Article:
SAN DIEGO (KGTV) — With every Californian 16 or older now eligible for a COVID-19 vaccine, there are questions about whether the systems set in place can handle the demand.
People have already been traveling outside of the county where they live to find an open vaccine appointment.
"Bakersfield's got shots we're going right by there," said one Southern California resident.
When word got out that the CSU Bakersfield vaccination site had a higher vaccine supply than there were patients, people started traveling from Southern California to Bakersfield to get their spot in line.
In a statement, a spokesperson for Kaiser Permanente, which leads the collaboration vaccination effort at the site, said in part, "Kaiser Permanente is committed to ensuring vaccine equity and access for communities that have been hardest hit by the pandemic. The mass vaccination hub in Bakersfield that is operated by a health care consortium was established to serve that mission, and presently, Kern County residents age 16 and older with appointments are given priority to get the COVID-19 vaccine. When there is available capacity in our vaccine schedule, as well as vaccine supply, we will accept people who wish to be vaccinated on a walk-in basis, including from outside the area. As more people eligible in Kern County sign up for a vaccine, walk-in vaccinations will likely decrease, or eventually end."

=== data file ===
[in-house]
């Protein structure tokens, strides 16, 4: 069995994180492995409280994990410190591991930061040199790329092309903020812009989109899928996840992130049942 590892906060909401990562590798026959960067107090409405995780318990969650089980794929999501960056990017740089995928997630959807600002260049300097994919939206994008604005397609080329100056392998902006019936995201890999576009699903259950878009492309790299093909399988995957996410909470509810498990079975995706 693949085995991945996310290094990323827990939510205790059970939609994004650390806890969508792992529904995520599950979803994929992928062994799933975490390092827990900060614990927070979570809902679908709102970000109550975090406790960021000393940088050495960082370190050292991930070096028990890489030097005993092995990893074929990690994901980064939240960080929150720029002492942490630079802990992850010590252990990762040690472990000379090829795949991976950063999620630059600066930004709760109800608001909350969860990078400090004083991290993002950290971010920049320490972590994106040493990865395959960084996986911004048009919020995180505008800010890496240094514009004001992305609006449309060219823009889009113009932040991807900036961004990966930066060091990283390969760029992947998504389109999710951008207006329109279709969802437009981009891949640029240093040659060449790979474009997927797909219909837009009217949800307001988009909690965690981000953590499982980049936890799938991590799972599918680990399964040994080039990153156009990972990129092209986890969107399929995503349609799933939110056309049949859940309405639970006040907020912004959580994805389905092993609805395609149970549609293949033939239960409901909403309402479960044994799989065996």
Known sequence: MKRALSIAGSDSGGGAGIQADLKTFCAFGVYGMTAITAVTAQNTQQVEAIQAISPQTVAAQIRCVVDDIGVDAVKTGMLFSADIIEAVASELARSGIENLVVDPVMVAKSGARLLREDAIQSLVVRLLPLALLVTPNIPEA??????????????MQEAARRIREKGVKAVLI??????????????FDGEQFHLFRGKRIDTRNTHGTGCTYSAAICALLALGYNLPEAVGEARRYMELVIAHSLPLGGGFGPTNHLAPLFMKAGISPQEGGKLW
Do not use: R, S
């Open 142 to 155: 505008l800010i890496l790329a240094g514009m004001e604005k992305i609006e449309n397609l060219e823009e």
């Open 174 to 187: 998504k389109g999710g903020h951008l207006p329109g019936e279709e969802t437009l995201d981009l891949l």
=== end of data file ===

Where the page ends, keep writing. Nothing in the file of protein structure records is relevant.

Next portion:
A spokesperson for Kern County Public Health said they don't know how many out-of-county individuals have received a vaccine. The spokesperson said the Kern County vaccine allotment is intended for individuals who live or work in Kern County. Every county is given a proportional allotment to serve its individual residents.
People making appointments when and where they can is not a new concept.
The California Department of Public Health (CDPH) is aware that's happening -- saying clinic operators are free to restrict those who can receive a vaccination or open it to the general population.
The state says different clinic operators are making choices that are appropriate for them, and many of the “mass vaccination” sites will take all comers, regardless of county of residence.
A spokesperson for CDPH says, "There are dual goals of vaccinating the population quickly and equitably. Many of the ‘mass vaccination’ sites will take all comers, regardless of county of residence."
So, with people 16 and older now eligible for the vaccine, is it something you could see more of across the state?
San Diego County Supervisor Nathan Fletcher said he's not particularly worried about out-of-county traffic, saying so far that's only accounted for a small percentage of doses distributed.
"You know counties are all getting allocations. It was probably a greater concern in the early days," Fletcher said.